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I'm following this question and discovering that all of the information is outdated.

The most up-to-date guide seems to be this document regarding GC tuning. In it Oracle defines their silly term ergonomics, which I think just means reasonable ("comfortable") defaults. In that document, this document is referred to, which is cited heavily in the above SO question.

It claims maximum heap size is calculated as follows:

Smaller of 1/4th of the physical memory or 1GB. Before J2SE 5.0, the default maximum heap size was 64MB. You can override this default using the -Xmx command-line option.

This is clearly false since I have a machine I tested on that has 12 GB of RAM and a 4096 MB, as verified with java -XX:+PrintFlagsFinal -version | grep HeapSize. But the caveat is included:

Note: The boundaries and fractions given for the heap size are correct for J2SE 5.0. They are likely to be different in subsequent releases as computers get more powerful.

Which is great! Except I can't find any up to date documentation on this. I verified that I am running a server-class per this question. Why is this important? Because my 12 GB server class machine is defaulting to 170 MB. Everything breaks on that. Yes, I am aware I can override this. I'd rather not have to duplicate that override across every application I run, and I would rather not hard code it into pom files. More to the point, this number somehow randomly changed on my machine, and I need to understand how it got bumped.

Here's my java version:

$ java -version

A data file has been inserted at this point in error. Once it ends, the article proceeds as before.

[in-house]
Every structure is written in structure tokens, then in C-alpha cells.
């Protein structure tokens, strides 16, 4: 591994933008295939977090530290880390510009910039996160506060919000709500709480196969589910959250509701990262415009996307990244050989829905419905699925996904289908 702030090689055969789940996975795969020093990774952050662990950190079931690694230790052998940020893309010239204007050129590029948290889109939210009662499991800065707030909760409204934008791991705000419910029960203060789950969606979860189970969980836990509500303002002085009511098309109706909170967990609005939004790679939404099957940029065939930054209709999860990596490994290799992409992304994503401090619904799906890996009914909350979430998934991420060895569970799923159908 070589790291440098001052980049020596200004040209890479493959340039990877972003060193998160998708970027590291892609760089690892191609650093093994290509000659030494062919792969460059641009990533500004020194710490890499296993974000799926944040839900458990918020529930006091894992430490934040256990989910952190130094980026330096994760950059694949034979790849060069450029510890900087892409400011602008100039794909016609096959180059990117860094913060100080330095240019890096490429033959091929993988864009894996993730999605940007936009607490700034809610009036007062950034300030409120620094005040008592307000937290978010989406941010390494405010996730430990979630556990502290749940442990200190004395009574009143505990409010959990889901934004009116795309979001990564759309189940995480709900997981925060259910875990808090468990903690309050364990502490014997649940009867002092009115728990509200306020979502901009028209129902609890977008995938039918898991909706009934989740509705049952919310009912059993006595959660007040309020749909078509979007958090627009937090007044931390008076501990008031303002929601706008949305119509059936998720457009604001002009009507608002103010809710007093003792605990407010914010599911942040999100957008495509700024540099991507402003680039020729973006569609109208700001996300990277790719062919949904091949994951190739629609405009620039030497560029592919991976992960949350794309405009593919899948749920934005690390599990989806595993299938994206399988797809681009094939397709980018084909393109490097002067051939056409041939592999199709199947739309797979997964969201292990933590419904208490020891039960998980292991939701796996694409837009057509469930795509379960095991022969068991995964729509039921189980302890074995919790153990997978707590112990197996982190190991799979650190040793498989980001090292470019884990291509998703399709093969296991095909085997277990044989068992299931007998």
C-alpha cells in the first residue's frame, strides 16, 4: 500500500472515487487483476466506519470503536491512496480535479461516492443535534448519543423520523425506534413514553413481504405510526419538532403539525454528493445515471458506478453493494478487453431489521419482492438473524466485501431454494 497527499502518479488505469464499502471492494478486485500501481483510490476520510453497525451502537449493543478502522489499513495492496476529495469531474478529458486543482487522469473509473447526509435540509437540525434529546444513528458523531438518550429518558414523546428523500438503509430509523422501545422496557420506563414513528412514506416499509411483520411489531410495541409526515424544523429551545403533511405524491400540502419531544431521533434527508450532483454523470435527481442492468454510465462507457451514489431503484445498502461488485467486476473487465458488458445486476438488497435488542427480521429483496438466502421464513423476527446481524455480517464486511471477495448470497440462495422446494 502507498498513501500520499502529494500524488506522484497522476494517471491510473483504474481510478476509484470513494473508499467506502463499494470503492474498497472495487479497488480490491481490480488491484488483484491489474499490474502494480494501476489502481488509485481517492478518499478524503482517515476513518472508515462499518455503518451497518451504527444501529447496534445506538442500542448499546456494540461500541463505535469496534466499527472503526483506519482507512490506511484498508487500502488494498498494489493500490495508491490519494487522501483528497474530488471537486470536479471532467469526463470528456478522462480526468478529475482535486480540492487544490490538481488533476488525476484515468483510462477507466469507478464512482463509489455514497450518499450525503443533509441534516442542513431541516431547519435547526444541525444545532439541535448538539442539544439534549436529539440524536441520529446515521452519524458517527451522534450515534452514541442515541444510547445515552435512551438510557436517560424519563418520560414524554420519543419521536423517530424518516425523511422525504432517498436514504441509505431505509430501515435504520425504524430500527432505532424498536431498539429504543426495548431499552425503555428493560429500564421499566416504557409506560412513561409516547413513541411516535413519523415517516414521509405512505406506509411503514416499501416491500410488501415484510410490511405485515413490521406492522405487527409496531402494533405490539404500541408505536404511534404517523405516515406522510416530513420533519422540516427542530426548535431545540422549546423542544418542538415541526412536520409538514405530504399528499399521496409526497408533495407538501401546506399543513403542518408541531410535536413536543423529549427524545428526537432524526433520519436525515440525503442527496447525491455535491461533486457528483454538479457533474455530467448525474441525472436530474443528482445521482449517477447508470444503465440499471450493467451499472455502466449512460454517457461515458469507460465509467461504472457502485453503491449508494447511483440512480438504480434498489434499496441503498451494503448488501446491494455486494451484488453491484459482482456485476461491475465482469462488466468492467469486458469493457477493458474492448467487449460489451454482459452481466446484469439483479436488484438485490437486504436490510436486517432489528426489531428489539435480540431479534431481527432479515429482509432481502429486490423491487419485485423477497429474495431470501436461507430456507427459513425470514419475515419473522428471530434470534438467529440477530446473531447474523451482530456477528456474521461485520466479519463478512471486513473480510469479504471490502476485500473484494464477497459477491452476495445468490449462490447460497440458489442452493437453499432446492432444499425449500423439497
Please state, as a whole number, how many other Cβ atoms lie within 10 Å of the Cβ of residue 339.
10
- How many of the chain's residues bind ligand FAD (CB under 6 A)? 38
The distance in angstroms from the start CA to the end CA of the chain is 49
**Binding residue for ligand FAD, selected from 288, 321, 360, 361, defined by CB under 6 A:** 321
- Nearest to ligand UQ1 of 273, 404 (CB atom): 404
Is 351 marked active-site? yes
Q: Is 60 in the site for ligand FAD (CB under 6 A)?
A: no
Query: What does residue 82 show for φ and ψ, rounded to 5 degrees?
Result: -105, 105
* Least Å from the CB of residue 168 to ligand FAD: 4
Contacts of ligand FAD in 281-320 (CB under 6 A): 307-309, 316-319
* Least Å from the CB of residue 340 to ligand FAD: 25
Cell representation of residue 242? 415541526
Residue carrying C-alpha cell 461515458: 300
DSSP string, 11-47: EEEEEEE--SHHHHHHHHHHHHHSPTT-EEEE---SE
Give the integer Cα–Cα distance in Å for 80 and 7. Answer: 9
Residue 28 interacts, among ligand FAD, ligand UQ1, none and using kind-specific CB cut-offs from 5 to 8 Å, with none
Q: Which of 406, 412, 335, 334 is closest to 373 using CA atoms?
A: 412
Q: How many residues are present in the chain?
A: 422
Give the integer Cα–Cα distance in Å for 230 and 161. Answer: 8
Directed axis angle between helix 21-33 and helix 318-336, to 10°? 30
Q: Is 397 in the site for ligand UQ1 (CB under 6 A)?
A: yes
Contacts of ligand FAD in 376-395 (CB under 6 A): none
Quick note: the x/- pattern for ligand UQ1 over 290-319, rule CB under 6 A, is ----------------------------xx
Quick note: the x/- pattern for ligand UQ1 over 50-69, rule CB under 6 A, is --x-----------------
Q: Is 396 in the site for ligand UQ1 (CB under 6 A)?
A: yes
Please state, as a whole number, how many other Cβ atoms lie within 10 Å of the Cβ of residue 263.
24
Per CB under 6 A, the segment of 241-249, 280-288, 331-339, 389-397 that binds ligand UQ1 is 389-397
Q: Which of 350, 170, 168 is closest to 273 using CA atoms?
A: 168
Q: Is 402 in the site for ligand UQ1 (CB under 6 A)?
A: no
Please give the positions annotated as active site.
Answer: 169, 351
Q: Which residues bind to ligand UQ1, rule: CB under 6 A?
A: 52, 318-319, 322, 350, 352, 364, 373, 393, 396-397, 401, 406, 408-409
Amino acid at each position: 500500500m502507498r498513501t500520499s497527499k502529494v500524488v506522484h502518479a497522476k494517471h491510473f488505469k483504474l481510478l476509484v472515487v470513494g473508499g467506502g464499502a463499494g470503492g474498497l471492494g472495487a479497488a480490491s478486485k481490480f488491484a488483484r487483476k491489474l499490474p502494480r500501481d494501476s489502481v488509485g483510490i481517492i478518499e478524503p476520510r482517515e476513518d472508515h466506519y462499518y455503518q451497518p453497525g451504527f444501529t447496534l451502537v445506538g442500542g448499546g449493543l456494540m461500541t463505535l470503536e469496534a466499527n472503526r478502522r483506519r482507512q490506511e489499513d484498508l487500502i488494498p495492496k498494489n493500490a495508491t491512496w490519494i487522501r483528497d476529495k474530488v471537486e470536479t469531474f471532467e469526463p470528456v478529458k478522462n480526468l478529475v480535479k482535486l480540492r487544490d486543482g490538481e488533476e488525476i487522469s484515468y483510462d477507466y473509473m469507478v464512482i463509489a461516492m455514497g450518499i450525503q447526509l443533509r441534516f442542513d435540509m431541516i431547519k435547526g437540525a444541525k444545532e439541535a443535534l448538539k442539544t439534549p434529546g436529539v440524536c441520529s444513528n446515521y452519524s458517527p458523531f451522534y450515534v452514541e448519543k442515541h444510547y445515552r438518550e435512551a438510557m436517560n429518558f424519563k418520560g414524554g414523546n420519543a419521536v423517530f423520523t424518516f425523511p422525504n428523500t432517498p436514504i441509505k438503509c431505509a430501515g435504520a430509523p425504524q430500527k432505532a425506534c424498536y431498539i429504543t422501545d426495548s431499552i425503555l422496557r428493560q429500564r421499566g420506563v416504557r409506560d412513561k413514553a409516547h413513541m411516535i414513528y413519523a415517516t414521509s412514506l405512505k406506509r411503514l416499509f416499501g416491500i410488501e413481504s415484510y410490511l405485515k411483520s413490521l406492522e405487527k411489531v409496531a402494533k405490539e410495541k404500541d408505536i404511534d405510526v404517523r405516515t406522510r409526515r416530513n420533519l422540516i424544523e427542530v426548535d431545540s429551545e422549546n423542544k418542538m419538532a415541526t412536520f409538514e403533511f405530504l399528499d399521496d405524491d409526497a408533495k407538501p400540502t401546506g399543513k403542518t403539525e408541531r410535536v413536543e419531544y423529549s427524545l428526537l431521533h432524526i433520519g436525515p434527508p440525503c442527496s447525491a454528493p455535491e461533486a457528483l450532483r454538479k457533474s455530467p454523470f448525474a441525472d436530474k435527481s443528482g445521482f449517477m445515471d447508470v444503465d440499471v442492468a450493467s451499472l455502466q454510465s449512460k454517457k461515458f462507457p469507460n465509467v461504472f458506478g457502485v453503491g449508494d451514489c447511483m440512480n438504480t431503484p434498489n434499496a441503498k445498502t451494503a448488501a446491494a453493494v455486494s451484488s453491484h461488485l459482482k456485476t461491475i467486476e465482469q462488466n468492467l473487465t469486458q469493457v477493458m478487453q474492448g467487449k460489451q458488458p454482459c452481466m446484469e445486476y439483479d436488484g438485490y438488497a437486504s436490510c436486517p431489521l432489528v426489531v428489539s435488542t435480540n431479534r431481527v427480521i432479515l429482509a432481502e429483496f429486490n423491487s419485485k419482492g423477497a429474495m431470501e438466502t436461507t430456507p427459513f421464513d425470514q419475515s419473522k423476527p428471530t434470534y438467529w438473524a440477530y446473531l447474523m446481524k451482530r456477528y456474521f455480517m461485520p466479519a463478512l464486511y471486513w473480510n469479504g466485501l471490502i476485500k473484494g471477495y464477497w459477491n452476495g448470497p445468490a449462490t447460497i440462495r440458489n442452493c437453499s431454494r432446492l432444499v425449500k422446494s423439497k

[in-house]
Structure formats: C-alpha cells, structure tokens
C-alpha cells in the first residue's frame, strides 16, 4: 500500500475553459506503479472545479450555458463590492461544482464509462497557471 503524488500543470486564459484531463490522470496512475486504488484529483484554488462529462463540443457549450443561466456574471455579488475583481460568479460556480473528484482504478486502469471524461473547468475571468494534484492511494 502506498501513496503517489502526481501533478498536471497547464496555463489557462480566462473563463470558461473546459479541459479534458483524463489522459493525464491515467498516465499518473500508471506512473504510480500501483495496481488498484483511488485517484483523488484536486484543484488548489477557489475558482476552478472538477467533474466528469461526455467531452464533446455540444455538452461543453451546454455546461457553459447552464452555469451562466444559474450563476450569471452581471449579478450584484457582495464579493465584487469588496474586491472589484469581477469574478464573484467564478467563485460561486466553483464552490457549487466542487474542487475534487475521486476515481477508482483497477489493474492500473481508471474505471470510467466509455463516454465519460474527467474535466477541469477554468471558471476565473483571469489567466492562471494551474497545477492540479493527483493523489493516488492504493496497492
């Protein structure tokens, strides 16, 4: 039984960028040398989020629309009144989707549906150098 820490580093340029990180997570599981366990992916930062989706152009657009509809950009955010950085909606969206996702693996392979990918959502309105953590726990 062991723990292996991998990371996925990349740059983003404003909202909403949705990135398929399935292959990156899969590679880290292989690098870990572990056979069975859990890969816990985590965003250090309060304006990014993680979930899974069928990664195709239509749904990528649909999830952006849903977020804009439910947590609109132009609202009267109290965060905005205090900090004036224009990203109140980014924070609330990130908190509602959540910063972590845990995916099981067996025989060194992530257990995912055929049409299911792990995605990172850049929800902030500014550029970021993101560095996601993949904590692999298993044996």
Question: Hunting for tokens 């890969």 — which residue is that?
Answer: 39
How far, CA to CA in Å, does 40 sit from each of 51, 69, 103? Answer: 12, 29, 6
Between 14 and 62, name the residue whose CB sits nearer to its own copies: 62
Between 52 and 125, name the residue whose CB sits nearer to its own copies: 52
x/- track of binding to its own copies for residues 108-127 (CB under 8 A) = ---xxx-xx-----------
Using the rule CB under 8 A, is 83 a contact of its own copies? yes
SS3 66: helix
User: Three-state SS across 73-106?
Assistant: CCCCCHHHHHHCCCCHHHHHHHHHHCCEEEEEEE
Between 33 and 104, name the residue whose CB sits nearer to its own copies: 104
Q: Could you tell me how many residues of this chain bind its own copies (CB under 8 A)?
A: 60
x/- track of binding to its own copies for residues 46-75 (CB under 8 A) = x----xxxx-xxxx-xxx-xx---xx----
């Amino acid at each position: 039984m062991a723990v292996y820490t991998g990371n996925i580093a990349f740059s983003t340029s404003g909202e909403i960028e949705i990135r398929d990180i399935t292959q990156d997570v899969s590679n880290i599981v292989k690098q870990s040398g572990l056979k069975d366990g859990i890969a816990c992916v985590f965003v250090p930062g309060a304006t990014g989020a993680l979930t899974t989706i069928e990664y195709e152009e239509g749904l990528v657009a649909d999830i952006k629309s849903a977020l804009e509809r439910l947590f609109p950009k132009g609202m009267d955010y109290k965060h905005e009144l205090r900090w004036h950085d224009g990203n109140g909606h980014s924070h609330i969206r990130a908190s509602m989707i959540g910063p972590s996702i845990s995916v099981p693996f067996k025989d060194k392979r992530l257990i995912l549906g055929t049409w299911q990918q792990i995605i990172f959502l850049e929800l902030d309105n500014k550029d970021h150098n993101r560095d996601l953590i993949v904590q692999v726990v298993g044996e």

java version "1.7.0_04"
Java(TM) SE Runtime Environment (build 1.7.0_04-b21)
Java HotSpot(TM) 64-Bit Server VM (build 23.0-b21, mixed mode)

I'm on Mac OS X 10.9.2.

  • @ElliottFrisch good point, added – djechlin May 5 '14 at 20:48
  • @ElliottFrisch OK, nothing helpful in that doc though. – djechlin May 5 '14 at 21:05
  • Every java tomcat/eclipse/etc I've had to start up I go in and either add -Xmx=2g to the config myself or set it in JAVA_OPTS. Its a small price to pay for peace of mind – Totoro May 5 '14 at 23:35
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You're right. The documentation about the Java memory management is outdated nor complete: Xmx is just one example.

I made the same observation and I changed MY behavior: I specify Xmx always.

In my opinion, it is not a problem. The memory required by your Java program should not depend on your hardware. Moreover I think it is a good practice: specify explicitly Xmx (and other tunings) in your scripts/recipes help to have the same behavior in all environments (dev/prod have frequently different hardware configurations)

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